So in light of our annual Life Teen Summer Staff and Friends mission trip to Mexico which is coming up January 3rd through the 11th, the question, “Are mission trips worth the risk?” has been coming up frequently. I have been praying about this question a lot lately and trying to determine what is the proper response. I think the underlying question here though would be, is spreading the Gospel message and the love of Christ worth the risk of losing ones life for? After much prayer and thought, I must answer that with a resounding yes.
In my prayer and reflection I thought about the lives of the early saints, of the disciples and the apostles and asked what would there response be, “Is spreading the Gospel worth risking one’s life for?” The response that I received struck me, “It has been and always will be.” When I think about this question and the lives of the Saints two specific examples come to mind. The first is from the book of Acts chapter 9, where Saul has his conversion and becomes Paul. In verse 10 we learn of the disciple Ananias who the Lord spoke to in a vision and told him to go to Saul and lay hands on him to regain his sight. Now Ananias had heard of Saul and the evil that he had done to Christians, such as, having St Stephen stoned to death. I can only imagine what Ananias’ friends and family said to him when he told them that he was about to go lay hands on Saul and pray with him because the Lord told him to do it in a dream. I’m sure they were telling him what the prudent thing to do was. Yet despite his own knowledge, his own fear, and what people were probably telling him, he followed the Lord even in the face of danger, again believing that the Lords work was more important than his own life. Where would the Church be if Ananias would have listened to the critics or maybe that voice that said it’s too dangerous? Would Paul still be blind, would the Church be lacking one of the greatest missionaries of all time?
The other example is also from the book of Acts. In chapter 4, we see Peter, who had just healed a man, get arrested with John and thrown into custody. They were now standing trial before the council and elders, the same group of people that had Jesus crucified. They ordered them not to speak or teach at all in the name of Jesus. Peter and John answered them, “Whether it is right in the sight of God to listen to you rather than to God, you must judge; for we cannot but speak of what we have seen and heard. “ (Acts 4:19-20) Peter and John in the face of death felt that preaching the Gospel and the name of Jesus was more important than their own lives.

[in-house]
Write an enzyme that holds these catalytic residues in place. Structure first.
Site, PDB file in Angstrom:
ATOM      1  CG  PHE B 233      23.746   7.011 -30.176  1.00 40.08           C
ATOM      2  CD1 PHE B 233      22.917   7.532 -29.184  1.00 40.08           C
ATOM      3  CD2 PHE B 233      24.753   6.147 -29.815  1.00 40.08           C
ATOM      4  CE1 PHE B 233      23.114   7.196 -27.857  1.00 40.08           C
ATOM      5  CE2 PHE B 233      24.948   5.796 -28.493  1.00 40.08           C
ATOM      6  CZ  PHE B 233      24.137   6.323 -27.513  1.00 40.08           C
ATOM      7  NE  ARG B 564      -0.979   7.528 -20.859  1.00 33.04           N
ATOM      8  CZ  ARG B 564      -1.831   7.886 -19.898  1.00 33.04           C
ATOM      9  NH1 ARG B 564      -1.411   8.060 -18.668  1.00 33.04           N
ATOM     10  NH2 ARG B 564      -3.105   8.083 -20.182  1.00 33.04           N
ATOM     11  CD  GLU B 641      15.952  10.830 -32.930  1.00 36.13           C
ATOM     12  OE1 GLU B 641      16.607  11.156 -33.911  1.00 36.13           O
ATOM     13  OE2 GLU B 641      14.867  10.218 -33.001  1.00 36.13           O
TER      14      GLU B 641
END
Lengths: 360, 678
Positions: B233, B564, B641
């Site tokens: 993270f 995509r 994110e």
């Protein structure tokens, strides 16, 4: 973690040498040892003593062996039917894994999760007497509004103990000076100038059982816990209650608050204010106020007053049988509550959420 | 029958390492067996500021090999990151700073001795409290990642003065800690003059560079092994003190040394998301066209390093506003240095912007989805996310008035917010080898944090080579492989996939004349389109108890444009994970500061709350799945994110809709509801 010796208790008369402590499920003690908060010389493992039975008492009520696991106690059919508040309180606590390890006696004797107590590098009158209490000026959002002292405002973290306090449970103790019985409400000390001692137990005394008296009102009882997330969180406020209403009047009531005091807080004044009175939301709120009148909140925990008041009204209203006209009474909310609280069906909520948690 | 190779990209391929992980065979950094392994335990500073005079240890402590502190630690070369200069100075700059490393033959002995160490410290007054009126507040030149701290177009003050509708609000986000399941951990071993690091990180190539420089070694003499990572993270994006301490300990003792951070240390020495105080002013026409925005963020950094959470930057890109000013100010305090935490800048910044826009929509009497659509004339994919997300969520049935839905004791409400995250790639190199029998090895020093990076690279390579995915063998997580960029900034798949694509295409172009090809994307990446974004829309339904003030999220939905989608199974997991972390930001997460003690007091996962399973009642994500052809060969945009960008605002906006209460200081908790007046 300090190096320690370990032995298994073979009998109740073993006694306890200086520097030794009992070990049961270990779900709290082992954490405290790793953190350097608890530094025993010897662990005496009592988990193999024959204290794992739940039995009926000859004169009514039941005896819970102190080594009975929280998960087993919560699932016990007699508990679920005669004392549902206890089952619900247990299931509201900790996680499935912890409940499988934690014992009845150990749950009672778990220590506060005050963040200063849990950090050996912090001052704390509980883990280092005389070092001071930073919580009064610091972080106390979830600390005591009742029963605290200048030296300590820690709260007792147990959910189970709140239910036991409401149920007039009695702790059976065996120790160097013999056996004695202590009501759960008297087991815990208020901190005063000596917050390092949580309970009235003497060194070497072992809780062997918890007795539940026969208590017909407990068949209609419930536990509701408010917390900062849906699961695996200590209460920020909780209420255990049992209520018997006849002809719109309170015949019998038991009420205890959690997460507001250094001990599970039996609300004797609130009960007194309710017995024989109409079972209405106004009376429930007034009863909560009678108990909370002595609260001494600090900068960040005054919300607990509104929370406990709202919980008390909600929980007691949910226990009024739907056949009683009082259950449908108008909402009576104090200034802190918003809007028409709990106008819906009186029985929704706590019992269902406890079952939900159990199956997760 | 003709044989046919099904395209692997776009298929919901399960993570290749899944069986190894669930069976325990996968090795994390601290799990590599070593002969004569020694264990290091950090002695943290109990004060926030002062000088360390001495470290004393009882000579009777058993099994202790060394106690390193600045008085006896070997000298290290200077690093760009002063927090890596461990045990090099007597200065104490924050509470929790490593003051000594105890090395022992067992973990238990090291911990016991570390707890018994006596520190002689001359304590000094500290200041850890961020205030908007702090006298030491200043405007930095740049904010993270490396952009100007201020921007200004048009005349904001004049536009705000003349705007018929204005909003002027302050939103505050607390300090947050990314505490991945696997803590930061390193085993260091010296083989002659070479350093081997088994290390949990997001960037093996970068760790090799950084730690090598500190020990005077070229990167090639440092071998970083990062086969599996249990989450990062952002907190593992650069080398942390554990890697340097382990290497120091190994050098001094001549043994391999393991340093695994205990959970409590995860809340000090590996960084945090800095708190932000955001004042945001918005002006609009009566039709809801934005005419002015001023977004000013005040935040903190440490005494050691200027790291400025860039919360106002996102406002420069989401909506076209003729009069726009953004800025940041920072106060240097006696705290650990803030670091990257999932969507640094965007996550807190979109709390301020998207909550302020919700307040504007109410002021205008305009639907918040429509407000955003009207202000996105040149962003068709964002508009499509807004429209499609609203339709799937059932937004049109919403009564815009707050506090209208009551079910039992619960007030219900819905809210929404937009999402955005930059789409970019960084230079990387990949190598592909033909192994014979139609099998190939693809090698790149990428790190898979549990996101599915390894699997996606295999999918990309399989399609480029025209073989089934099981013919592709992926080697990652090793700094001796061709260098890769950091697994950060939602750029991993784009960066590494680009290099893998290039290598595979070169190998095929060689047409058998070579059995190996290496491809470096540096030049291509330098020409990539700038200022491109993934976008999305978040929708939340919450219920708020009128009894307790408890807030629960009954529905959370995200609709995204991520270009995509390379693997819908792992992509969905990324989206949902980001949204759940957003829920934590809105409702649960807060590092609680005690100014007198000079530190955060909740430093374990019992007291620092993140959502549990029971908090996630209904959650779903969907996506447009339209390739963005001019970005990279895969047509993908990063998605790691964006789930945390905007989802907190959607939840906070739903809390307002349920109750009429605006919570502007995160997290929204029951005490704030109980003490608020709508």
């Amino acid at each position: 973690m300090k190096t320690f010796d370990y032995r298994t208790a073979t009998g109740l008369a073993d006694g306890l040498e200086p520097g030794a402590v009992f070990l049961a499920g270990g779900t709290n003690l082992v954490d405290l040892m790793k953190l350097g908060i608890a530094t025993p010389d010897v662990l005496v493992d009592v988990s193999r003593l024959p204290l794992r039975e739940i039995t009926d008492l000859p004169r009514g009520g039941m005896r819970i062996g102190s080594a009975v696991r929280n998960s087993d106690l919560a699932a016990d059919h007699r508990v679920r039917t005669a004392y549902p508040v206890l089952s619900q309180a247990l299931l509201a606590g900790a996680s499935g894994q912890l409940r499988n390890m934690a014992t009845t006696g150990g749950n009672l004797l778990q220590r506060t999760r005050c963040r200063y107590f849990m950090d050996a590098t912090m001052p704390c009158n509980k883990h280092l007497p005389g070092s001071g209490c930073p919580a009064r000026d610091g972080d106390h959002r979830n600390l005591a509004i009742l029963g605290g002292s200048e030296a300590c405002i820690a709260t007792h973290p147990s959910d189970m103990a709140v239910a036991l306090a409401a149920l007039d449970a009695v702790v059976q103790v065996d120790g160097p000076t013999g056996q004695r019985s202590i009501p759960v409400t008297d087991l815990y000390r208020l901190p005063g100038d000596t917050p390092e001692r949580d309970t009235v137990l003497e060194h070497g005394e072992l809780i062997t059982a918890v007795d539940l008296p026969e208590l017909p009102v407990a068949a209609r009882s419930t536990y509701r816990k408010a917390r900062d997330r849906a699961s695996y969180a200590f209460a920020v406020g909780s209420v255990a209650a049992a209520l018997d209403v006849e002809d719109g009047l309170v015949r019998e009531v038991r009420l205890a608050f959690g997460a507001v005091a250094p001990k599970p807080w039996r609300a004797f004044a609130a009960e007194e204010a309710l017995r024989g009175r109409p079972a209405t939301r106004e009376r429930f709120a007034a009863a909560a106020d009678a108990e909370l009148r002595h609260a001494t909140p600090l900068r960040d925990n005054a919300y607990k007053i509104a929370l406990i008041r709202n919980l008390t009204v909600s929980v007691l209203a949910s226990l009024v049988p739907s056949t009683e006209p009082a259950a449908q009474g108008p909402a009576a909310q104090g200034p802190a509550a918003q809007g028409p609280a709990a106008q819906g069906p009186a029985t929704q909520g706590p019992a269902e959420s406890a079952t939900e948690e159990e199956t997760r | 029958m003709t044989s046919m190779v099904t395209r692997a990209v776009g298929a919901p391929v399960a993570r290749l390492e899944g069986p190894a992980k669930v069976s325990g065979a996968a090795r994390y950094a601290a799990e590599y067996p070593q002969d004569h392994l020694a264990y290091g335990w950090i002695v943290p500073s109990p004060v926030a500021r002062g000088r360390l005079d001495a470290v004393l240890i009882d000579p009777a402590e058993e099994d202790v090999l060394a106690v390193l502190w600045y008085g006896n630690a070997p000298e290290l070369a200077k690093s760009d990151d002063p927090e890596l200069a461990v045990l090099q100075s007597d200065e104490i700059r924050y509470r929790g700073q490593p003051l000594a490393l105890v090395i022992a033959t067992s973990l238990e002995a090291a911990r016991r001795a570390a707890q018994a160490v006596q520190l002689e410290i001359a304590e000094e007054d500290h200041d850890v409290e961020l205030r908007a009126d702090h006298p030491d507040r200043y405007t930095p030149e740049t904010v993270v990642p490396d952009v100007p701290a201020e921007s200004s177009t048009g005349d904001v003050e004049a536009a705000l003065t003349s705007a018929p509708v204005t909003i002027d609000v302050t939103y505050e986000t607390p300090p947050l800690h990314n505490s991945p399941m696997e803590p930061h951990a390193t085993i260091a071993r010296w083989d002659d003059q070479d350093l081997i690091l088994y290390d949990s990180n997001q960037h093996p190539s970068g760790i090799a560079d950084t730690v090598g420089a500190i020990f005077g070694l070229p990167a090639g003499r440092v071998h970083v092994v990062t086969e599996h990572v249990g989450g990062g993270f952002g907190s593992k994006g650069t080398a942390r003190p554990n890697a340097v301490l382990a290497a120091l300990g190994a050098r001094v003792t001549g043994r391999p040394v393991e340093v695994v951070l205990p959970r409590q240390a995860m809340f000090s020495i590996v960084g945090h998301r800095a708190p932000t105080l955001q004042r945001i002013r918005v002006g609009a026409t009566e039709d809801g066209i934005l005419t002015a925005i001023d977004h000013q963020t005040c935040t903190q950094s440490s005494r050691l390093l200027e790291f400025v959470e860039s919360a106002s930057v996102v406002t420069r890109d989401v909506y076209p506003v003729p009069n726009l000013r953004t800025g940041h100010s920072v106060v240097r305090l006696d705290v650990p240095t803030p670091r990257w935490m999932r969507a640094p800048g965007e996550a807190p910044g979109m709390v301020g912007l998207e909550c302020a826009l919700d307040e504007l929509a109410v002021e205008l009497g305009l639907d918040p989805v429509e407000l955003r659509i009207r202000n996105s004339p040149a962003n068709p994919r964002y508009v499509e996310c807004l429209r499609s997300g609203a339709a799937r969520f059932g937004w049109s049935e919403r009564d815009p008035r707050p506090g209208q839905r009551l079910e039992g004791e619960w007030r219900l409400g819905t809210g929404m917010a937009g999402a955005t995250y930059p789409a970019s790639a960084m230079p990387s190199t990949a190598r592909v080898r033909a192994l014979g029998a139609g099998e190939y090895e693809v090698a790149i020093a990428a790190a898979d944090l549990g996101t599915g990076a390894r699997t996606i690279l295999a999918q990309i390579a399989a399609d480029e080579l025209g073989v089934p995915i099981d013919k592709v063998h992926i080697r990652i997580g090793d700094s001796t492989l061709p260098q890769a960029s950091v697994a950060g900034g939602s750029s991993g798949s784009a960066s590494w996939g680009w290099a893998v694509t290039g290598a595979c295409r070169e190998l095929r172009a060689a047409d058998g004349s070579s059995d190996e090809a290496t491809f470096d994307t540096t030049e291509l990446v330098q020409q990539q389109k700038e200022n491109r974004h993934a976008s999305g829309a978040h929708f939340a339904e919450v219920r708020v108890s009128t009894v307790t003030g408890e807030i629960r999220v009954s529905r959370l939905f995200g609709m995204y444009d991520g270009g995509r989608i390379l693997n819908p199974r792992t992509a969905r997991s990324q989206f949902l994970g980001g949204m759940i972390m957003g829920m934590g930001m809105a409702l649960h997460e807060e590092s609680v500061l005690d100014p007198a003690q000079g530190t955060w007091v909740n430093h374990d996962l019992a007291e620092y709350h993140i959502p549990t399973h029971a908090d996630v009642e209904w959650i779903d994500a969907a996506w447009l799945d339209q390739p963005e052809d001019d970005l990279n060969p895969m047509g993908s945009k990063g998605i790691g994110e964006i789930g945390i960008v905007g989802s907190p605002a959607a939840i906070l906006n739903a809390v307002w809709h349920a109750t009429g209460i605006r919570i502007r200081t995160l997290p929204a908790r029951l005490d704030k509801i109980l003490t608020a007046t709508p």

We could look at various lives of the Saints and I’m confident we would find the same message; a group who held the Gospel and the spreading of its message higher than life itself. If the Gospel message and the Lords work was worth risking ones life for then, why isn’t it today as well? Jesus says, “For whoever would save his life will lose it, and whoever loses his life for my sake, he will save it.” (Luke 9:24) The problem today is that too many of us, myself included, are attached to this earthly life and are trying to save their lives. Jesus says, “He who loves father or mother more than me is not worthy of me; and he who loves son or daughter more than me is not worthy of me, and he who does not take his cross and follow me is not worthy of me. “(Matthew 10:37-38) His words are even stronger in Luke, where he says if anyone does not hate his own life they cannot be his disciple. He goes on to state, “whoever of you does not renounce all that he has cannot be my disciple.” (Luke 14:33) These are pretty strong words, how much are we truly living in to them? The time is now to detach from the things of this world and truly be disciples.
I’m beginning to understand more and more what St. Paul meant when he said, “For to me to live is Christ, and to die is gain.” (Phil 1:21) For us Christians death simply means being united with our true love, the one who is love! Do you mean to tell me I love this earthly life where there is sickness, pain and suffering and often times a lack of love more than that? Granted we can experience heaven on earth, such as in the mass, but earth is not our home and will never compare to our eternal home in heaven. I’m not saying we need to be reckless Christian Rambo’s seeking out martyrdom so we can quickly get to heaven, because Christ desires to use us here on earth, but as Pope John Paul II echoed throughout his pontificate, “BE NOT AFRAID”. We cannot let fear of death or danger impede our discernment from where we think Christ may be leading us, especially when it comes to mission and the proclamation of God’s word.
I am convinced that spreading the Gospel and sharing Christ’s love is worth risking one’s life for. Somewhere in the mix we have forgotten this very important message, we are called to be followers of Christ not just believers, for Satan was also a believer. Which means we must be willing to follow Christ all the way to Calvary and be willing to carry our cross and to lay down our life for His service if need be. I pray that as a Church we can elevate the Gospel and the urgency and importance of spreading it’s message to the level it was in the early Church and where the Martyrs believed it to be, more important than life itself!
All for Love